A large right-angle bracket 44 is supported between the rails 10 at a rearward location. The upright panel of the bracket 44 mounts a transmission unit 46 and an electric motor 48; power is transmitted from the motor shaft 50 to the shaft 52, which in turn carries a coupling 54 connected to the drive shaft 56 of a positive-displacement roller pump, generally designated by the numeral 60. Pinwheel control plate 62 is affixed to the shaft 52 for rotation therewith, and serves to actuate a microswitch 64 for controlling power to the motor 48 and solenoid 20. A resiliently compressible tube 66 circumscribes the roller array of pump 60 and is connected at its discharge end to the needle holder 60, the intake end being immersed in the liquid substance that is to be administered, which is contained in a reservoir 68. Power is supplied to the apparatus through an electric cable contained in duct 70, which is connected by way of wire 72 and switch 40 to the motor 48 and solenoid 20. Enclosures 74, 76 and 78 normally cover the solenoid assembly, the motor components, and the pump components, respectively.

In use, the operator places the bird into the trough 32, grasping both of its legs with one hand; the push button of the switch 40 is so positioned that it can be reached by the same hand. With his other hand, the operator then extends the wing into the recess 28 defined by the hold-down loop 26, thereby positioning the wing web over the aperture 25 and needle 18. The injection cycle is initiated by depression of the push button, concurrently energizing the motor 48 and the solenoid 20. As the needle 18 is driven through the wing web, therefore, vaccine is pumped from the reservoir 68 to the needle, discharging therefrom into the wound produced. Actuation of the microswitch 64 by contact with a pin of the pinwheel 62 breaks the circuit, thereby terminating flow and effecting retraction of the needle.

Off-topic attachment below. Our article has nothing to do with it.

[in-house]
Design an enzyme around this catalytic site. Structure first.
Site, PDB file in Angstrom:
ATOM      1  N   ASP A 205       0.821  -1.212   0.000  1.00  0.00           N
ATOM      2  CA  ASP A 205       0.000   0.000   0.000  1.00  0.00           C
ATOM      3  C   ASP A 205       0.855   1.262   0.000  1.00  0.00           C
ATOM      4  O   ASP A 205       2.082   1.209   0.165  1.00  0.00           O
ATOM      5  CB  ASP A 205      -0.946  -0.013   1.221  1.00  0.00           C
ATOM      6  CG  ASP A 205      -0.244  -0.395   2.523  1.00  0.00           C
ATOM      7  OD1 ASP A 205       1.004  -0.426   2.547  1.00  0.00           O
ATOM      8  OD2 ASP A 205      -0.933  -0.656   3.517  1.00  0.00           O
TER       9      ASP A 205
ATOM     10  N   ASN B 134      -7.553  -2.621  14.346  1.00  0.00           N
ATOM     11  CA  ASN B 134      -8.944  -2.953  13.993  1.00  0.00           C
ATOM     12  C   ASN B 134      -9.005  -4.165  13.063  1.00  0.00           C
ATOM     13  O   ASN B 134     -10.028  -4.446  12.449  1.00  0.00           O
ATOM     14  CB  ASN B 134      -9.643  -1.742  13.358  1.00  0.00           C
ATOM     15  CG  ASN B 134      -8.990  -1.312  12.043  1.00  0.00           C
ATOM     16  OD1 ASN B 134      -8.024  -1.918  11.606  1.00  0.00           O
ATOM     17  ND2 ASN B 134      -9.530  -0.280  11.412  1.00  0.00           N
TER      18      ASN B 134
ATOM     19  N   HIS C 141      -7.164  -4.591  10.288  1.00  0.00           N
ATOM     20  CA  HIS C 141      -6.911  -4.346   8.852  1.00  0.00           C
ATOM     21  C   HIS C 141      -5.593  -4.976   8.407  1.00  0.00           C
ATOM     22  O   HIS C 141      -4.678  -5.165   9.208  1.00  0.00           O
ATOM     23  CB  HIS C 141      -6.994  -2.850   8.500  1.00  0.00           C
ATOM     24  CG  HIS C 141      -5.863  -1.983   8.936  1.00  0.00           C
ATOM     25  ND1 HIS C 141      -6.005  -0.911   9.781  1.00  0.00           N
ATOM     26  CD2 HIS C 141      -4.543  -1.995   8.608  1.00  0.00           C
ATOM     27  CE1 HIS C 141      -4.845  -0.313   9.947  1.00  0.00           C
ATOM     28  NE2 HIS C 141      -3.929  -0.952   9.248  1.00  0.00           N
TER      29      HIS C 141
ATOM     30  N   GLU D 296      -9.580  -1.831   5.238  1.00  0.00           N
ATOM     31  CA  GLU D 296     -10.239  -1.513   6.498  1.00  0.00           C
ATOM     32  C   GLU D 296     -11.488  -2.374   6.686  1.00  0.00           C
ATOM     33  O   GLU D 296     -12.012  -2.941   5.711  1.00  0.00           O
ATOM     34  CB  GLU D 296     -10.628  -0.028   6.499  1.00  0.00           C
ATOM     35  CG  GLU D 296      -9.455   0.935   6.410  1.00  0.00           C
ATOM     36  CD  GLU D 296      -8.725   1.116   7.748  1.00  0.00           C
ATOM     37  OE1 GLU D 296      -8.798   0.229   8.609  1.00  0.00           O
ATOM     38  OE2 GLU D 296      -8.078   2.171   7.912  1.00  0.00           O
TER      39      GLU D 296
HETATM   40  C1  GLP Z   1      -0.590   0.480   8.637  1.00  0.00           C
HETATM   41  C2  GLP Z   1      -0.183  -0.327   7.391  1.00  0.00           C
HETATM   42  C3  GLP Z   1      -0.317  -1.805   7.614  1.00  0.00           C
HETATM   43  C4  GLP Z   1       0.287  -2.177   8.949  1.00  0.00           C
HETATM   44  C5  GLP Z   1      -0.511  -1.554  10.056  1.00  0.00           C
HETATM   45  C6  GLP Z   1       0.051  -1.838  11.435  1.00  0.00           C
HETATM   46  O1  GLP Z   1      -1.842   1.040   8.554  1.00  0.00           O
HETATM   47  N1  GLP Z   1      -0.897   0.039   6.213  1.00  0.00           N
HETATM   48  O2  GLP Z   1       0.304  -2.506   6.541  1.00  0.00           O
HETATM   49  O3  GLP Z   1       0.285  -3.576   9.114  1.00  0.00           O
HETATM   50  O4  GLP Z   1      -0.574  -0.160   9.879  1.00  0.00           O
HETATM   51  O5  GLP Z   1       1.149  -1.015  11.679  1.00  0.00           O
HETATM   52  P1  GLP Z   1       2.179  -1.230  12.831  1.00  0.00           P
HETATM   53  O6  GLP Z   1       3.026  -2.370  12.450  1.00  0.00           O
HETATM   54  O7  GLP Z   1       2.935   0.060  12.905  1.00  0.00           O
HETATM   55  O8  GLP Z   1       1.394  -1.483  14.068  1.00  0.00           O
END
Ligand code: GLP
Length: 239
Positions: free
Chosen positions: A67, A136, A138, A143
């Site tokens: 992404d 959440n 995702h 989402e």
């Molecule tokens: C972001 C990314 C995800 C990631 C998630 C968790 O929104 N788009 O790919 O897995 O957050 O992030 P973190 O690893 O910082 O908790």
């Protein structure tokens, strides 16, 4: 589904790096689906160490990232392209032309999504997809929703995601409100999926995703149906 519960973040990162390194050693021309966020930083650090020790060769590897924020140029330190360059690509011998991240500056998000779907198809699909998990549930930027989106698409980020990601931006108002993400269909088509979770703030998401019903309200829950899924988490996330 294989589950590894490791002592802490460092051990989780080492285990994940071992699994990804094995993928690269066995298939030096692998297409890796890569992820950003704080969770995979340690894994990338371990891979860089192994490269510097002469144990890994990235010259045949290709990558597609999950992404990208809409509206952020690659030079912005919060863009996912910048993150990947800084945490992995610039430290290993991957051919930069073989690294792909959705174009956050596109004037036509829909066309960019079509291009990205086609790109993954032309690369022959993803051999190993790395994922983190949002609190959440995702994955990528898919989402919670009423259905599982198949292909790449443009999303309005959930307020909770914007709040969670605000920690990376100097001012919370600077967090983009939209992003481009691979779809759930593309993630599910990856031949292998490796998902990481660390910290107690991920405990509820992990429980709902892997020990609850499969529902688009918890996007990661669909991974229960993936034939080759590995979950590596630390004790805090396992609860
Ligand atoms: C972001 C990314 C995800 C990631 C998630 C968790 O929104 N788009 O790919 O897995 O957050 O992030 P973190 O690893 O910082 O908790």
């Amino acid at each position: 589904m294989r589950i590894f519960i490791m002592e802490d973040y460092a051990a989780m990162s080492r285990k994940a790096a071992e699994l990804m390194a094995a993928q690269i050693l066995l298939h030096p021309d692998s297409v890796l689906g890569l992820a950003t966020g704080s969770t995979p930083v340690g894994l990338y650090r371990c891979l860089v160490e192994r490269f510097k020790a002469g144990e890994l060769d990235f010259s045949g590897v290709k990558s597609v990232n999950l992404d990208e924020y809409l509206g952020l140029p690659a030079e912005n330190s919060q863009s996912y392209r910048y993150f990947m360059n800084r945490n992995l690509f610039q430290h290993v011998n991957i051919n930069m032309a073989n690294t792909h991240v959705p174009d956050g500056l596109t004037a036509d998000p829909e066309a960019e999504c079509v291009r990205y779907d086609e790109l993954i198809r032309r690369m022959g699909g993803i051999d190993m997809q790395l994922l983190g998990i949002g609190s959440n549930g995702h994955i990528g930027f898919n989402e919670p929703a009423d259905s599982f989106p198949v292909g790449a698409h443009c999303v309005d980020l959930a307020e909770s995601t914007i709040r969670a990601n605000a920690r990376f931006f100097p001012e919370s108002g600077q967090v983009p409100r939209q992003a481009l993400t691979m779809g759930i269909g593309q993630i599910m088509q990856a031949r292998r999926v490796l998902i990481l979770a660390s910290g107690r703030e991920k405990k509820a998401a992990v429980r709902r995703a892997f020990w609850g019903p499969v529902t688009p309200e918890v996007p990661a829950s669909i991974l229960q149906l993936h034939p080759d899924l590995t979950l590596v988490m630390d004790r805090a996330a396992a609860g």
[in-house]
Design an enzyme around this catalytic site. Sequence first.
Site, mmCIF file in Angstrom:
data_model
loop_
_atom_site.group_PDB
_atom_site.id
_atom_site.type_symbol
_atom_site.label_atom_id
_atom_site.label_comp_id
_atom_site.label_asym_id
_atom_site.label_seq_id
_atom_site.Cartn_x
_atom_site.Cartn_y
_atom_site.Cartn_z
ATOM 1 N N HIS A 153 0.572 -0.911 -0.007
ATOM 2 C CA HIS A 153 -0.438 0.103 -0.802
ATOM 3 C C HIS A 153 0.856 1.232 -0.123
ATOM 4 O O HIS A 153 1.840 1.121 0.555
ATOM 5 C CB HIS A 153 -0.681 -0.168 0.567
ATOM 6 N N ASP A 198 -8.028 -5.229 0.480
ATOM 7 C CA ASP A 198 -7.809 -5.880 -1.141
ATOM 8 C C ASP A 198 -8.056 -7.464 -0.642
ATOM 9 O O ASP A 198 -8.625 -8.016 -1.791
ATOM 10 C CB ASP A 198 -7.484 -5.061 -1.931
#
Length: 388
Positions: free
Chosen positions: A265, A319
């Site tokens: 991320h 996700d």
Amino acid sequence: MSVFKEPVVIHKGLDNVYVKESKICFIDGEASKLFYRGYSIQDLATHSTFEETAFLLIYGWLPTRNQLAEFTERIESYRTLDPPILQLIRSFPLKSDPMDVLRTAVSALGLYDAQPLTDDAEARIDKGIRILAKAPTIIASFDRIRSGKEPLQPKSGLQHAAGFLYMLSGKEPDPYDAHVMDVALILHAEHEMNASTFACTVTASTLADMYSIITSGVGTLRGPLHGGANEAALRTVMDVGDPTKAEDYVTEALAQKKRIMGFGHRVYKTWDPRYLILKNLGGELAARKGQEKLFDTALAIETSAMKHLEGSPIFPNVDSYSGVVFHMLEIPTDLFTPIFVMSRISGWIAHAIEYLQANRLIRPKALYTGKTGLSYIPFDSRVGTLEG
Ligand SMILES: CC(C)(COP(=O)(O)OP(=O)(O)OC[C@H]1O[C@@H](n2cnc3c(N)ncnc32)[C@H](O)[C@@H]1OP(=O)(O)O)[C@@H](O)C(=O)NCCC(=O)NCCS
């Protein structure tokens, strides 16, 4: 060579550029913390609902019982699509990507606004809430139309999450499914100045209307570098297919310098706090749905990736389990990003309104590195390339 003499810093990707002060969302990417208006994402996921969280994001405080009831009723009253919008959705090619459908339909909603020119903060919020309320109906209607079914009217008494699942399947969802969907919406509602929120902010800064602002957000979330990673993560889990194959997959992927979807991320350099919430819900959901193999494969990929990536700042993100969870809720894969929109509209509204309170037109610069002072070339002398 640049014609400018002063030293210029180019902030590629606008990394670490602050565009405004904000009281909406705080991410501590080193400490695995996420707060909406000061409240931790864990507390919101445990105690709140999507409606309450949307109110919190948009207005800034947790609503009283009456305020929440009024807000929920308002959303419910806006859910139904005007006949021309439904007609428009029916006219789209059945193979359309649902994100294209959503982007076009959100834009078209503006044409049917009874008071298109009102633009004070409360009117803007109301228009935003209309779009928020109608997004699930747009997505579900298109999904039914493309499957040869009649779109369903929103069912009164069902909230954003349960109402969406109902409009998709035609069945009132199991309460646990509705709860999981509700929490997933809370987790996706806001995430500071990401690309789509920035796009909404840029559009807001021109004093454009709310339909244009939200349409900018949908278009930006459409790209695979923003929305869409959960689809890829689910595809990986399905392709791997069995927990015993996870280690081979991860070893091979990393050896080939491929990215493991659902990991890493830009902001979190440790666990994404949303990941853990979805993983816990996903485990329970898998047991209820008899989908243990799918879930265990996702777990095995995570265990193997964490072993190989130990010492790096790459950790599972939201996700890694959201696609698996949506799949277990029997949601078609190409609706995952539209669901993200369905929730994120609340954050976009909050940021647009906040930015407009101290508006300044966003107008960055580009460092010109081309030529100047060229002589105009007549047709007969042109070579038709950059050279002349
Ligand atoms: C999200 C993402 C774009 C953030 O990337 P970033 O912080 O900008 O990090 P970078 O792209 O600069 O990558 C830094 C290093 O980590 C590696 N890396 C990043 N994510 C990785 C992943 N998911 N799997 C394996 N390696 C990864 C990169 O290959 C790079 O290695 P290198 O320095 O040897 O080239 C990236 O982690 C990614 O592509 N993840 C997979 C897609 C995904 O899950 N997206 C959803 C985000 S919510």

As will be appreciated, the apparatus described promotes operator safety and proper administration of vaccine by fixing the location of the hypodermic needle, and also by facilitating immobilization of the bird. The latter results from the physical constraints provided by the trough and the hold-down loop, as well as from impalement of the bird's wing on the needle. Minimized risk of injury and manpower savings are both afforded by the one-person operation of the apparatus, and asepsis is promoted by use of a sealed reservoir, from which delivery occurs directly to the needle through a closed system. The avoidance of valves and other moving parts helps to ensure trouble-free operation, and the semi-automatic nature of the apparatus, coupled with the other features described, enables rapid and efficient operation. Thus, it can be seen that the present invention provides inoculating apparatus that is safe and facile to use, that affords improved asepsis, and that is fast, efficient, reliable, and economical in operation.

Patent Citations
Cited PatentFiling datePublication dateApplicantTitle
US2319938 *Mar 3, 1942May 25, 1943Markins Obert DPoultry restraining device
US2847993 *May 21, 1952Aug 19, 1958Woodruff Frederick EMethod and means for the preventative vaccination of chickens
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Referenced by
Citing PatentFiling datePublication dateApplicantTitle
US5884583 *Mar 28, 1997Mar 23, 1999Rhone Merieux, Inc.Field bag boost vaccination delivery system
US6013057 *Jan 28, 1998Jan 11, 2000Baxter International Inc.Volumetric infusion pump
US6565533Jan 21, 2000May 20, 2003Novus International, Inc.Inoculation apparatus and method
US6634319 *Jun 19, 2000Oct 21, 2003Poultry Vacc. S.A.S. Di Zermoglio Lorento & C.Automatic machine for vaccinating chicks and similar birds
US6858020Jul 8, 2002Feb 22, 2005Ideal Instrument, Inc.Vaccinator device
US7802541Oct 15, 2007Sep 28, 2010Jesse JonesPoultry vaccination apparatus and method
US7850665 *Dec 18, 2007Dec 14, 2010Merial LimitedMultiple fluid delivery device for poultry
U.S. Classification604/156, 604/131, 119/713
International ClassificationA61D1/02
Cooperative ClassificationA61D1/025
European ClassificationA61D1/02B
Legal Events
Jan 20, 2004FPExpired due to failure to pay maintenance fee
Effective date: 20031121
Nov 21, 2003LAPSLapse for failure to pay maintenance fees
Jun 11, 2003REMIMaintenance fee reminder mailed
Apr 28, 1999FPAYFee payment
Year of fee payment: 4